During his final days of life, Andrew Weishar had difficulty communicating with family and friends. The cancer that had been diagnosed 30 months earlier had left the 21-year-old too weak to speak.
Before he passed away, however, Andrew made it a point to tell his family to “pay forward” the overwhelming acts of kindness and generosity he had received during a nearly three-year battle with colorectal cancer.
The Weishar family is putting Andrew’s words into action.
On Sept. 1, the Andrew Weishar Foundation will hold Weishfest 2013, a 10-hour fundraiser/celebration/remembrance at Standard Bank Stadium in Crestwood. Along with food and beverages, three local bands — Sean and Charlie, Infinity and Trippin’ Billies — will provide nonstop entertainment. Doors open at 2 p.m.
“A week or two before he passed, there was a candlelight vigil at our house and a couple of hundred people stopped by for several hours,” said Dan Weishar, Andrew’s brother. “Andrew said to make sure we give back to the community for all they’ve done for him and our family.”
Colorectal cancer was one of the few battles Andrew lost in his much too brief but successful life. A 2009 Brother Rice graduate, Andrew excelled in football, was captain of the basketball team and, with a 4.0 grade-point average, an Illinois State Scholar.
In April 2010, just prior to completing his freshman year at Illinois Wesleyan, Andrew was diagnosed with colorectal cancer. He died in October 2012, leaving behind a legacy filled with kindness, character and inspiration.
“He fought it with all he had,” Dan Weishar said of his brother. “He showed courage and strength. His body was so broken down from the disease, but Andrew was never too sick to say, ‘thank you.’ ”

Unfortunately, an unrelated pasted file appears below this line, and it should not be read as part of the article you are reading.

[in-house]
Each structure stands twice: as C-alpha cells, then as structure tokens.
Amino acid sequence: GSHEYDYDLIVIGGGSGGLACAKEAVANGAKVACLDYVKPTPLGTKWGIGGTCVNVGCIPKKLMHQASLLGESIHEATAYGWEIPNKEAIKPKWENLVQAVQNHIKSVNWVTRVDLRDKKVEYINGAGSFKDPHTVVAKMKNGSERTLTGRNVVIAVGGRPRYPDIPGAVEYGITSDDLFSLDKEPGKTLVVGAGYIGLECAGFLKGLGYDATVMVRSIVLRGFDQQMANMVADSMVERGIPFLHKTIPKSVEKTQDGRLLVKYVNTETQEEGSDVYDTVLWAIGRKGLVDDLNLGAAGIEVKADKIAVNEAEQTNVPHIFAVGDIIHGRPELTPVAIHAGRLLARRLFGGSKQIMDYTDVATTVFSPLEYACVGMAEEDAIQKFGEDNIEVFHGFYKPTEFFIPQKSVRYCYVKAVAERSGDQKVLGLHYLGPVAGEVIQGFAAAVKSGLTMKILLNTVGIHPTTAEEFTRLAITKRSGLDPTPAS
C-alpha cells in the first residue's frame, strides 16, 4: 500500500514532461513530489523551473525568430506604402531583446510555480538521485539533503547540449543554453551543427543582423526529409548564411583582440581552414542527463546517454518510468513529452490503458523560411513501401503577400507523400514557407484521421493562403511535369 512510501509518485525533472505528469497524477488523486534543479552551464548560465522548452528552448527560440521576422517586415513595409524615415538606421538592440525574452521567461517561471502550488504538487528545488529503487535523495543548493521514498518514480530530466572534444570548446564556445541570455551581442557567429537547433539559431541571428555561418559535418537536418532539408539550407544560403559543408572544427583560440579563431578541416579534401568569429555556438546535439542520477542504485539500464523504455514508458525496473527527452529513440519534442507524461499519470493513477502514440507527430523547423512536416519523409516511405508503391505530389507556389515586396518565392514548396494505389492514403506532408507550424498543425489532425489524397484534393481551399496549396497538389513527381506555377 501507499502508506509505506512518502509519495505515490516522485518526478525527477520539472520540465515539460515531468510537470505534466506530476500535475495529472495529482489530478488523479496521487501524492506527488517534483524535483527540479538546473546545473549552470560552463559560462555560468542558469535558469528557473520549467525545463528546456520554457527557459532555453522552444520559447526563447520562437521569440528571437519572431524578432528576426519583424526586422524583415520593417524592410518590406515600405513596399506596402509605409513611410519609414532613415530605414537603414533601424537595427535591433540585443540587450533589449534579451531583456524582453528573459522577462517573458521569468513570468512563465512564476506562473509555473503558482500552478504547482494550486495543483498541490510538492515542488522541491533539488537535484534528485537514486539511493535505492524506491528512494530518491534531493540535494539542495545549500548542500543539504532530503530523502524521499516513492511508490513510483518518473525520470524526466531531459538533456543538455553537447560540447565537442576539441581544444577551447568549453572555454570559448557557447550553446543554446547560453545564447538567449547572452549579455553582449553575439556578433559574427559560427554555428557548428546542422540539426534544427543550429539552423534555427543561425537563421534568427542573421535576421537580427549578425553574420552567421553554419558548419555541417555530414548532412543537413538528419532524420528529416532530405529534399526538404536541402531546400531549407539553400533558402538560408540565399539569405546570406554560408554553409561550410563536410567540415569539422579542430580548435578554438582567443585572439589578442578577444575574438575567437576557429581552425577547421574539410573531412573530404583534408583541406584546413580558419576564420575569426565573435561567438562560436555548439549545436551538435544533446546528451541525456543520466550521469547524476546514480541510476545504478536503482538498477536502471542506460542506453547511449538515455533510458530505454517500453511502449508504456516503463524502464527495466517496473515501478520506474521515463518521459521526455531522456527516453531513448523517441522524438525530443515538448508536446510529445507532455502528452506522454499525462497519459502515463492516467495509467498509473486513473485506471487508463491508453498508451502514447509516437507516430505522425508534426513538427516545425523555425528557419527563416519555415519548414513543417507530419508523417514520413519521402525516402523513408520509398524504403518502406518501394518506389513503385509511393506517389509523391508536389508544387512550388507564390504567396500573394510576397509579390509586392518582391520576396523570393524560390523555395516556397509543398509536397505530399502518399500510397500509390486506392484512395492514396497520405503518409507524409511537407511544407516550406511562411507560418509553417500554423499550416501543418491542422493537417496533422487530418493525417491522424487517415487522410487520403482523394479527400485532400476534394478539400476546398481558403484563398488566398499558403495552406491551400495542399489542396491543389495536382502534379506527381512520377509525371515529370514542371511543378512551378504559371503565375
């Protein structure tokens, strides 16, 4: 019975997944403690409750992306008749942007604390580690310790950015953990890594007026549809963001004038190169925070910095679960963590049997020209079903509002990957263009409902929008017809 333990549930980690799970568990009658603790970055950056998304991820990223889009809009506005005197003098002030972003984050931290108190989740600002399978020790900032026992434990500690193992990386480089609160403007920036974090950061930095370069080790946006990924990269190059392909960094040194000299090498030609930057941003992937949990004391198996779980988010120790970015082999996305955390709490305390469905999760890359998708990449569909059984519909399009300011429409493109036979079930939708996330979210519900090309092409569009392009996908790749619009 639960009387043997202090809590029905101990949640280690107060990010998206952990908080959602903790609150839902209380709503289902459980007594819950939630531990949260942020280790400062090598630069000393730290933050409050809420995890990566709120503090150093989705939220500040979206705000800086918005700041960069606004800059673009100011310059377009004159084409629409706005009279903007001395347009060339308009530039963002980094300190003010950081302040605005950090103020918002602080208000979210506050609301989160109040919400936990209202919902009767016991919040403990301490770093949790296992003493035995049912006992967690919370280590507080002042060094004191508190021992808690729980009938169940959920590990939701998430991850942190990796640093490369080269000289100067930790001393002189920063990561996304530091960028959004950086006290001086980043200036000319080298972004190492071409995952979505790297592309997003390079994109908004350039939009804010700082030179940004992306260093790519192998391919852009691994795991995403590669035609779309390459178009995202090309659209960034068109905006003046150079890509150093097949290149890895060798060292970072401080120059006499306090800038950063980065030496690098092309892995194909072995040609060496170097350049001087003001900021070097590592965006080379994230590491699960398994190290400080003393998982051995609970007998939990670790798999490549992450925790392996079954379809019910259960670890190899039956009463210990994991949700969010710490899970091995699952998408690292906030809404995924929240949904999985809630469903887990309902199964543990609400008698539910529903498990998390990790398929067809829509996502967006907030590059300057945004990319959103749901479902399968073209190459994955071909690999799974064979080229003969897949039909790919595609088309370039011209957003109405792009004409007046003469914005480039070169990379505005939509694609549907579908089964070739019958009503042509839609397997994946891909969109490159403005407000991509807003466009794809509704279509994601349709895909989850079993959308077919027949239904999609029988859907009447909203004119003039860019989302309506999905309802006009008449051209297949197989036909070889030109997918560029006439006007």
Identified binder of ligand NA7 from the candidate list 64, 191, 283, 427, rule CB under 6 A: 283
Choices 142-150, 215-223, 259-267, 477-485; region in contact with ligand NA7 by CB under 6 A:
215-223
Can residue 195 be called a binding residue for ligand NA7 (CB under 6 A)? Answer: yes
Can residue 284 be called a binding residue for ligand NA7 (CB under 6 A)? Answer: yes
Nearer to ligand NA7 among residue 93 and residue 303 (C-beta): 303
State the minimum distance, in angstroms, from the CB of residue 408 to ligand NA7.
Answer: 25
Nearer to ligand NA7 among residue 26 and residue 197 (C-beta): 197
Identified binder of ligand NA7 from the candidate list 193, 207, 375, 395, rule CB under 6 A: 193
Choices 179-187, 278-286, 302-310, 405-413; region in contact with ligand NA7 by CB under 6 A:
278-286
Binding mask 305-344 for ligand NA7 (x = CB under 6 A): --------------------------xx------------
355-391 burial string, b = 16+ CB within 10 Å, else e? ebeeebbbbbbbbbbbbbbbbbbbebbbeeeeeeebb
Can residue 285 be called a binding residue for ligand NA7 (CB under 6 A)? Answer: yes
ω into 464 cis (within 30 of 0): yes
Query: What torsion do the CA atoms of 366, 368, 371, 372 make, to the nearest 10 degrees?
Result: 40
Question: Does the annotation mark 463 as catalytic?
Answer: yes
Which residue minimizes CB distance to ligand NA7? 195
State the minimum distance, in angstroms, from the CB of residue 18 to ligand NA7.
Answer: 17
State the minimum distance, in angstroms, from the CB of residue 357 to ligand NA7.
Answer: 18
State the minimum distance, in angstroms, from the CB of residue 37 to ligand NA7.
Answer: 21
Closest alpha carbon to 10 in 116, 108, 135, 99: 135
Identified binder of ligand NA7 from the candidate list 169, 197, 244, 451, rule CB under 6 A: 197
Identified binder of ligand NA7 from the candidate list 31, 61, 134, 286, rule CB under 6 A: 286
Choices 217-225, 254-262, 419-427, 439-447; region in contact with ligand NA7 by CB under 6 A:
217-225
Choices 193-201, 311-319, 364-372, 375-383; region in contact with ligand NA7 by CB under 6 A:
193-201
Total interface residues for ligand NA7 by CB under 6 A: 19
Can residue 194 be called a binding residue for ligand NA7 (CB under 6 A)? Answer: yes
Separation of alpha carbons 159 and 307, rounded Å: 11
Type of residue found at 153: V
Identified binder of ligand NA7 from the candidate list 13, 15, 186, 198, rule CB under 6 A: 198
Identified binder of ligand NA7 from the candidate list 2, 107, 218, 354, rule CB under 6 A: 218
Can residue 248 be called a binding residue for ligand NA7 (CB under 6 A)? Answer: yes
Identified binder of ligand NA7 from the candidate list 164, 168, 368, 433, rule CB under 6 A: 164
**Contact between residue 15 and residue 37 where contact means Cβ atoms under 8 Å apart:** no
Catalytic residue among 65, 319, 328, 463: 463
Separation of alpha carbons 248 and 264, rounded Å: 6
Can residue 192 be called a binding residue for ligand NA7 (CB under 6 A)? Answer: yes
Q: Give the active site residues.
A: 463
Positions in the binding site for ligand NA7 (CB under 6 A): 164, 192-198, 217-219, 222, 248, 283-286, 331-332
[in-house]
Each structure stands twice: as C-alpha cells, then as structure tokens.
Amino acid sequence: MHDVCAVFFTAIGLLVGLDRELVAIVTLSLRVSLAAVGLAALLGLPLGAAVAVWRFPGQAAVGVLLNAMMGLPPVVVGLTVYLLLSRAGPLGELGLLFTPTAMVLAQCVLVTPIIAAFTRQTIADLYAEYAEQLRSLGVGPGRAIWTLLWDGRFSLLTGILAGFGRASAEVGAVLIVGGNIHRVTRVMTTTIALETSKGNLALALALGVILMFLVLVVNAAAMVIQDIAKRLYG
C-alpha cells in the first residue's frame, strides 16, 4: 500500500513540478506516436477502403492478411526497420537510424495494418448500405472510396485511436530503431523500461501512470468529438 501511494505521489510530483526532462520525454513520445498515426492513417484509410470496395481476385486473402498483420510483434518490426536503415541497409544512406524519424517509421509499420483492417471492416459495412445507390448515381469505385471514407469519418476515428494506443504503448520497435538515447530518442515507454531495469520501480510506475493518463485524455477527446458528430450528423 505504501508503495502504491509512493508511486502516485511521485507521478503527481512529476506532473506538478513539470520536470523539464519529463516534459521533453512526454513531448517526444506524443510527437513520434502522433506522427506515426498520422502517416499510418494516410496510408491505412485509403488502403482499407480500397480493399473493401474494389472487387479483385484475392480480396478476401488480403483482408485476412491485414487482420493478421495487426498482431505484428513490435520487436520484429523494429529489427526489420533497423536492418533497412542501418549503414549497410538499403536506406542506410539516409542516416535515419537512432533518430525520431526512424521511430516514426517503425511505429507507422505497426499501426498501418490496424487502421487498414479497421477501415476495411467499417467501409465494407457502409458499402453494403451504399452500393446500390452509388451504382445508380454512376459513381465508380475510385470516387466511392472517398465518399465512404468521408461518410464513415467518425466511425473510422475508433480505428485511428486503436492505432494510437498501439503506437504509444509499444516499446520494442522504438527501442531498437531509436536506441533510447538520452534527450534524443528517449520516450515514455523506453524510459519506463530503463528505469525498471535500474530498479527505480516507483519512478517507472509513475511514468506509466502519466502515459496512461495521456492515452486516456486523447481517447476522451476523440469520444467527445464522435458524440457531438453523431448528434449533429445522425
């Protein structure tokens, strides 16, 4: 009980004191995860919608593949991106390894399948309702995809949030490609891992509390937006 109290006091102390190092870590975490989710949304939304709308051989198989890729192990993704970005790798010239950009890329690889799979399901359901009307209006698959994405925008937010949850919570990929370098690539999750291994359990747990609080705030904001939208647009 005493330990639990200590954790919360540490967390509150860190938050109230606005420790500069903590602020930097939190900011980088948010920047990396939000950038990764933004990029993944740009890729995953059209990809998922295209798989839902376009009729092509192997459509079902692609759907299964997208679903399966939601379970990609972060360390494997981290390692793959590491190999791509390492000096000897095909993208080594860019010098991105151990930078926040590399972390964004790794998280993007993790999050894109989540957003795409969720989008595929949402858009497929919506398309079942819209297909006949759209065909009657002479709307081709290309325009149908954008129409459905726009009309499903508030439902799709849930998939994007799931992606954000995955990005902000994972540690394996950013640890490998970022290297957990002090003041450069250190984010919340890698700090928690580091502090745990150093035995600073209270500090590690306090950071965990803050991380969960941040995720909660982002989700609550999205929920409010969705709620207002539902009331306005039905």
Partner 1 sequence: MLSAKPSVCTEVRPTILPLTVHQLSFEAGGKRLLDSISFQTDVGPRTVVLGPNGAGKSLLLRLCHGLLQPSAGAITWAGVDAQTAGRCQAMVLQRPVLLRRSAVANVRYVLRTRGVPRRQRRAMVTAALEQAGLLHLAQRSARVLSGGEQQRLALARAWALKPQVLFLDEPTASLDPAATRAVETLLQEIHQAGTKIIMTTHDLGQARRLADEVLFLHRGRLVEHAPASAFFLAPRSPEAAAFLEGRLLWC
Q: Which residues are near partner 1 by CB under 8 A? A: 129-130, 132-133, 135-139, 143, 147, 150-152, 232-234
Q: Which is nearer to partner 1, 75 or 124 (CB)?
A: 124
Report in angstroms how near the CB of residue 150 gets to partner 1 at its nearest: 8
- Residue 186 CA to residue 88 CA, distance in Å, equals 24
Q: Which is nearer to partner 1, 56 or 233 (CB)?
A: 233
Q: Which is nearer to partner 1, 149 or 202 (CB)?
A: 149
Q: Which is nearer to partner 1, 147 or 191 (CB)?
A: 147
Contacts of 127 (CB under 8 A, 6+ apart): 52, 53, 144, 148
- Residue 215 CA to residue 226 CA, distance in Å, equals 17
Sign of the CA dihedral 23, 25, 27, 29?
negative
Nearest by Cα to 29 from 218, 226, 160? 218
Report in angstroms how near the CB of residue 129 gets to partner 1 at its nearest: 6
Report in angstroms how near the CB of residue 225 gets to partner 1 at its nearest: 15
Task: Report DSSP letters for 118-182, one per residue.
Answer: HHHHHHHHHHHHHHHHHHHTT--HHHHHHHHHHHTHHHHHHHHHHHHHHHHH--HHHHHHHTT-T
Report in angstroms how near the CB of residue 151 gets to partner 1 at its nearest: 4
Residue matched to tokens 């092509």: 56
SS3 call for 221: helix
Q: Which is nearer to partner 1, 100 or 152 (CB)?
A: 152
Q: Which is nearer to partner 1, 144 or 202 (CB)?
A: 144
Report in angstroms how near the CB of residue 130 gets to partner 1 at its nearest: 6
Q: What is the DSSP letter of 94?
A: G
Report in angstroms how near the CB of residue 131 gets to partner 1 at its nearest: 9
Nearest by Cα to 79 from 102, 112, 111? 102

A disease, whether it’s cancer or Alzheimer’s, not only affects the victim, it causes great emotional, physical and, in many instances, financial hardship on family and friends. The Weishar family, sports royalty in the Southland, experienced that firsthand.
The encouraging words and acts of support from family, friends and even strangers not only provided comfort to Andrew, it allowed the Weishars — mom, Jean; dad, Bob; sons Dan and Nic — the strength to cope and carry on.
Weishfest is the catalyst that will allow the Andrew Weishar Foundation to provide assistance to those in need — be it emotional or financial. A $20 donation gets you in the doors to Weishfest. A $50 donation not only gets you inside Standard Bank Stadium, it includes all the food and beverages, which includes beer and soda, one can consume.
A stage for the bands will be set up in the infield of the stadium.
“We wanted to do something that will raise money and allow us to help the South Side community that helped pull us through the horrible situation that Andrew went through,” Dan Weishar said. “We want to give back to the organizations that helped us. Our main goal is find families who are going through similar situations we went through and help them. We know there are many families in the area that need help. We want them to know they’re not alone.”
If all goes well, bigger acts may be added to the bill for Weishfest 2014. There have been whispers of REO Speedwagon and Styx, both have members with South Side roots, maybe joining in the future.
“We’d like to bring in some national acts,” Dan Weishar said without mentioning names. “We want to keep making it bigger and bigger and be able to help more people. Right now, we’re just focusing in on Weishfest 2013. It’s going to be a fun day.”
For an incredible cause.